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(published in SWEEP! d-Mag - Issue 6 - February 2010)

Paralympic Prognostications

On March 13th Canada will defend their 2006 Torino gold medal in the Olympic arena where a year ago they won their first World Championship. Their opponents are the nine teams with the most qualifying points from the last three Worlds.

Canada has 6-time Brier competitor Jim Armstrong at skip. Lead, Sonja Gaudet, has the most reliable draw shot in the game, according to national coach Joe Rea. Ina Forrest and Darryl Neighbour at second and third, are regularly at the top of the
international stats sheets.

What could go wrong?

Well, Armstrong's version of Her Majesty's annus horribilis, with family bereavement, shoulder surgery, and a car crash delaying the start of his season. A recent accident has re-injured his non-throwing shoulder, causing neck stiffness that limits his mobility.

Nevertheless, he expects to play, "It would take a gun to stop me now," he said recently . But while the coach insists the team has prepared for every eventuality, they are banking on Armstrong's 40 plus years curling; not only for his skipping skills, but also his throwing. As Rea says: "Who better, with all his experience, to throw the final stone?"

Canada have rebuilt since Torino, with Sonja the only holdover. They've played as a unit for over a year, with alternate Bruno Yizek the one change from last season

Two trips to Europe and regular training camps have allowed the team to try out different game plans, not all successful, admitted Rea. "We've tried different things this season and have settled on a game plan we think works for us. We may alter it slightly depending on ice conditions, but essentially we'll be coming into the house early, keeping the front clean, and throwing 9 second takeout weight to remove the ice as a factor."

No secret there; it's exactly how Canada finished at the 2009 Worlds, over-powering their three play-off opponents.

The squad has also spent time with the University of Alberta's top secret Own The Podium financed performance evaluation and enhancement program. "We were able to adjust a lot of things that were bio-mechanically incorrect," claimed Phys. Ed. lecturer Pierre Baudin.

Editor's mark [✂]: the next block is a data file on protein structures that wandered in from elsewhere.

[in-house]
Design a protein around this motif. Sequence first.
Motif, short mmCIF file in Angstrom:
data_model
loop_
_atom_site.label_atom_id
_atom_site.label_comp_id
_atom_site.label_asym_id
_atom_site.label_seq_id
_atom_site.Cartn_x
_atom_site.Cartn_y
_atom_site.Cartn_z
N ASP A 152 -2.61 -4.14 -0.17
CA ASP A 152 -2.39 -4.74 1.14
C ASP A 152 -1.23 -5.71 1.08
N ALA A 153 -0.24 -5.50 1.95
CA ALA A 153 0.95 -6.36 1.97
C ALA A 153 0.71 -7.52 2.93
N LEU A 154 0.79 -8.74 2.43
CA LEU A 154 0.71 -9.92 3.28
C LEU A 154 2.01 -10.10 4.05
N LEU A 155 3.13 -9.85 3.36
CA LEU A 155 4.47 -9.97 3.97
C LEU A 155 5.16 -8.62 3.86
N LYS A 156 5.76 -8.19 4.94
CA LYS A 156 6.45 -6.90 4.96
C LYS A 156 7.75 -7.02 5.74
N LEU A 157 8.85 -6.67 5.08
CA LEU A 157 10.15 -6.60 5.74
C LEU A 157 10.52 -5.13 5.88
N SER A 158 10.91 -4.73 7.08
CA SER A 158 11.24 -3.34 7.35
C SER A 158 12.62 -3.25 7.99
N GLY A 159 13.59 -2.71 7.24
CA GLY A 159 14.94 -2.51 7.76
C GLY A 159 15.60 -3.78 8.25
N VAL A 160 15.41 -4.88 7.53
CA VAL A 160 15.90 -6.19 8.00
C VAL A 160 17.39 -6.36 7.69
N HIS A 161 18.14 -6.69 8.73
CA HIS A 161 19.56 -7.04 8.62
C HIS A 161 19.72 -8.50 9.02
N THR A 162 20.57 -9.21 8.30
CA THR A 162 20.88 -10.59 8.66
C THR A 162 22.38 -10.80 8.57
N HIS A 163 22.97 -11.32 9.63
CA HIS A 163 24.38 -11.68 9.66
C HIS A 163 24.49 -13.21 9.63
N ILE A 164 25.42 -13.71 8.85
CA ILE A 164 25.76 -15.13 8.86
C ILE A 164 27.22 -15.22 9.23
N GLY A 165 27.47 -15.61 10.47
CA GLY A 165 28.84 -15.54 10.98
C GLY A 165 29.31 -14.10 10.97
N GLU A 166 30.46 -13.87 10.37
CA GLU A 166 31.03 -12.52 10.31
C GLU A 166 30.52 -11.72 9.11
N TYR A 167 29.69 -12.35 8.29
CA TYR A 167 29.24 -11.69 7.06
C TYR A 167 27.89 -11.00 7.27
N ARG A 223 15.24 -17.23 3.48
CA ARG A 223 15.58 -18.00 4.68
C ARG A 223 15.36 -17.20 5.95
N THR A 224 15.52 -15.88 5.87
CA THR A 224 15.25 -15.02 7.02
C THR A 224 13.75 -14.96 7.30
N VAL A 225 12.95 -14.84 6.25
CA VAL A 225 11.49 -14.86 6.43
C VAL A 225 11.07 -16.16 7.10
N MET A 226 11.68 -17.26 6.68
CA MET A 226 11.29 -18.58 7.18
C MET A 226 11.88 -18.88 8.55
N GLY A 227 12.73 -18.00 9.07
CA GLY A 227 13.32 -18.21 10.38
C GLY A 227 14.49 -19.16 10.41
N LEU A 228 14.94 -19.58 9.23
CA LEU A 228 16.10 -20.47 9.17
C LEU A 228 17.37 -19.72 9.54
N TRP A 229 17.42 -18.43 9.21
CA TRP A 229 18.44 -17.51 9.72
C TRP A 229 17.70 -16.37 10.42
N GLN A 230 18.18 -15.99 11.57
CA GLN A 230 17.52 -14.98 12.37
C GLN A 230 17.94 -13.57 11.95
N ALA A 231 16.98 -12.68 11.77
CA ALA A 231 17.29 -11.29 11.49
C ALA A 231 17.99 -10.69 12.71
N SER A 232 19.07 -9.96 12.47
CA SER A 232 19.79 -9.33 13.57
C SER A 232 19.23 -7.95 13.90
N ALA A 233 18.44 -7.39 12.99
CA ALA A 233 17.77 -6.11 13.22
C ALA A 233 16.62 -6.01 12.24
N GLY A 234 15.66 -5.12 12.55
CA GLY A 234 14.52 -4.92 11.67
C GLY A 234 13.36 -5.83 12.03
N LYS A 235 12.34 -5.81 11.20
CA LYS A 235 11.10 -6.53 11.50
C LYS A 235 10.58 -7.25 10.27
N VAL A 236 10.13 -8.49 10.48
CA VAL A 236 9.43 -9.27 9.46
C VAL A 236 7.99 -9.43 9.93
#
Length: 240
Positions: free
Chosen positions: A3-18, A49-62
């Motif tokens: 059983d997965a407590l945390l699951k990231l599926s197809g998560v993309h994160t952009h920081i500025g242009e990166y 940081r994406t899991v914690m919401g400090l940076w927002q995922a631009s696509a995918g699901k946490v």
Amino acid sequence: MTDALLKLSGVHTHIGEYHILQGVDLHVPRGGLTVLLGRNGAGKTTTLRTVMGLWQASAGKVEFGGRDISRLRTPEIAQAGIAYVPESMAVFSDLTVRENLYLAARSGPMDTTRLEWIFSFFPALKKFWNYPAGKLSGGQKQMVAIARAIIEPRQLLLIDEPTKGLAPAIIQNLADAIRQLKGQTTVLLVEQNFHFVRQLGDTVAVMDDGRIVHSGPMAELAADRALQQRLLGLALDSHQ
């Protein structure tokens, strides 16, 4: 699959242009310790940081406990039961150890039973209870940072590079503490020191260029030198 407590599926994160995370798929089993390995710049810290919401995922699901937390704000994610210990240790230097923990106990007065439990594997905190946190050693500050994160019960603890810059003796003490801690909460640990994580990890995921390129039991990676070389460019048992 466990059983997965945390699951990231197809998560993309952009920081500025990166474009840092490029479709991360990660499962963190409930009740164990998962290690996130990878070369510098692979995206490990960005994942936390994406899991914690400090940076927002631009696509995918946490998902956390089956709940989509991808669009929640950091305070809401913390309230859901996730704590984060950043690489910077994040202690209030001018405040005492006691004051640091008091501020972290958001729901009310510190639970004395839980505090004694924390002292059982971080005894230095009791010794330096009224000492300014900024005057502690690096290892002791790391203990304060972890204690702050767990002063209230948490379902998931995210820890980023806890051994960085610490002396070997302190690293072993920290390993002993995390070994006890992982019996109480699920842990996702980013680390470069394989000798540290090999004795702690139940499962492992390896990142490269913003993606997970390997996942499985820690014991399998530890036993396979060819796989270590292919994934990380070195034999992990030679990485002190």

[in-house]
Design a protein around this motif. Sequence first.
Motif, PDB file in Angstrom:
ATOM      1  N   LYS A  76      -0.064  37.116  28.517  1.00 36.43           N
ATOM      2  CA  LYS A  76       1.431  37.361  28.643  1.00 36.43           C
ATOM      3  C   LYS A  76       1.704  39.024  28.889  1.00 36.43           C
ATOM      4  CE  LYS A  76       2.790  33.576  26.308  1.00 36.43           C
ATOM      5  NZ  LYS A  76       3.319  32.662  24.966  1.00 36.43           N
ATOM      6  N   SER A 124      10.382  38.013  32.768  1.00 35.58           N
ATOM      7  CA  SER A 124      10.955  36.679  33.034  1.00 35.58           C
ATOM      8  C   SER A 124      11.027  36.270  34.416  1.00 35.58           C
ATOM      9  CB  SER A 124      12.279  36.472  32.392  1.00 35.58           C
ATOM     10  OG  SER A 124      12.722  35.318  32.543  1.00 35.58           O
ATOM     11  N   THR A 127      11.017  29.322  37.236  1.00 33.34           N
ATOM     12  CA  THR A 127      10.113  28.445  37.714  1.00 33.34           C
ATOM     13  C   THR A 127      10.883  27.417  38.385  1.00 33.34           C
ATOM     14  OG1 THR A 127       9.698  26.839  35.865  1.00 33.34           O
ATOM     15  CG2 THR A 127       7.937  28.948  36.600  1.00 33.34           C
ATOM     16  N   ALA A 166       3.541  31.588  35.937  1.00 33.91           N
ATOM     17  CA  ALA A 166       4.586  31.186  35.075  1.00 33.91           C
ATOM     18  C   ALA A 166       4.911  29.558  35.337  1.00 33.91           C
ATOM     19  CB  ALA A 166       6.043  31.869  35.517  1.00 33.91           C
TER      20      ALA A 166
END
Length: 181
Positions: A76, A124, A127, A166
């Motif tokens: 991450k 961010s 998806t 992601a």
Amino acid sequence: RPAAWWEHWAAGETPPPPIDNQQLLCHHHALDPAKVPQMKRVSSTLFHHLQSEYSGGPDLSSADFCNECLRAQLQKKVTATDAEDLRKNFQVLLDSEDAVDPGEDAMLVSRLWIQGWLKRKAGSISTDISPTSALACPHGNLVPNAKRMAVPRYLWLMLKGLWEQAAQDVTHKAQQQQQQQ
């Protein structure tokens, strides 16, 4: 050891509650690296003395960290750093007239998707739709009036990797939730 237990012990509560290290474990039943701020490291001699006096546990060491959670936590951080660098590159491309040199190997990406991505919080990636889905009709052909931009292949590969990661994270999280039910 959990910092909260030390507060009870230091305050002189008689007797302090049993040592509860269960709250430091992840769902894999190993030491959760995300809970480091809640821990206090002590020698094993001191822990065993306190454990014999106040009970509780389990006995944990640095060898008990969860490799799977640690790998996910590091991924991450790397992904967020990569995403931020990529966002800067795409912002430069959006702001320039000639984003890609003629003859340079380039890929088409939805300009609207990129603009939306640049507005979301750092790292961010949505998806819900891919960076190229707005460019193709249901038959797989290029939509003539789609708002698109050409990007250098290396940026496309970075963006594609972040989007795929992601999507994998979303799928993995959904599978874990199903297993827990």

Prospects - shock if not in play-offs, surprise if they don't take gold.

Great Britain, in contrast to Canada, made just one change from the Torino team who saw a gold medal flash away.. Aileen Neilson throws last rocks, replacing Frank Duffy, who retired. Michael McCreadie skips but remains at 3rd, and Angie Malone and Tom Killin return at lead and second.

Two years ago the team began an experiment that moved their delivery point back from the hogline.  Coach Pendreigh describes it as a "skill acquisition project" and professes surprise at the skepticism it has provoked.

"While we deliver softer weights from the back to allow us to use split times and gain the use of all the ice, we still have the ability to move to the front (for takeouts). This (gives) the team a larger range of shots ... The performance dip which was expected and managed may well have cost us (Worlds medals) but we all believed our long term goal of achieving a top 4 spot at the Games was a worthwhile sacrifice.

"The team are much more comfortable with their new found talents and their understanding of the game and each other. Should we play anything close to our potential then all the work and effort will have been made all the more worthwhile.

"We relish the opportunity to play to Canada in the first game. I suspect there will be a degree of expectation on their shoulders and a passionate crowd with similar expectations……..I think it is therefore a good time to play Canada, but we have to play all the teams at least once!"

The GB team (all Scots) curl full-time. Aileen joins a group who have played and won at international level for many years, though Michael McCreadie, for all his playing experience, is one of the tournament's newer skips.

From the outside it appears Pendreigh took an unnecessary gamble changing delivery points. A subsequent rule change means everyone's stones can now be placed up to 6 inches off centre at delivery, and the further the rock has to travel, the more opportunity it has to go off-line.

Prospects - On the podium if the experiment works. Exile to England for the coach if it doesn't.

Norway brought in a Dane, Per Christensen, to coach a team lacking in self-confidence after a disappointing 6th place in the 2009 Worlds not helped by lack of local ice, since solved.

"They have the mental toughness, the willpower, to overcome these problems and they do not give up before the last stone. That is their strength," he said after announcing an unchanged squad.

"The team has been on a constant curve, which should peak at the Paralympics. They have played better and better during the season, winning January in Perth.

"Though it was difficult for the team in the beginning, our practices and adopting new tactics mean now I have a strong team and we are coming to Vancouver to play for Gold. No less, They were World Champions in 2007 and 2008. It will of course not be easy, All the participating teams can win, with Canada as favourites. Our first goal is to get to the play-offs. After that anything can happen.

"Will we play Canada differently than other teams? I say we play our own game ... we will set up our play according to which team we are meeting. I have to find their weak sides and then play to them."

Norway is a team with proven athletes from other disciplines. They have an excellent record against Canada, winning a game potentially critical to both teams in the last round robin draw of the 2009 Worlds.

Christensen is confident Canada can be beaten. Norway have never posted impressive stats, but if their new coach adds improved execution to a plan that doesn't allow Canada to dictate the play, their knack of pulling out wins makes them serious contenders.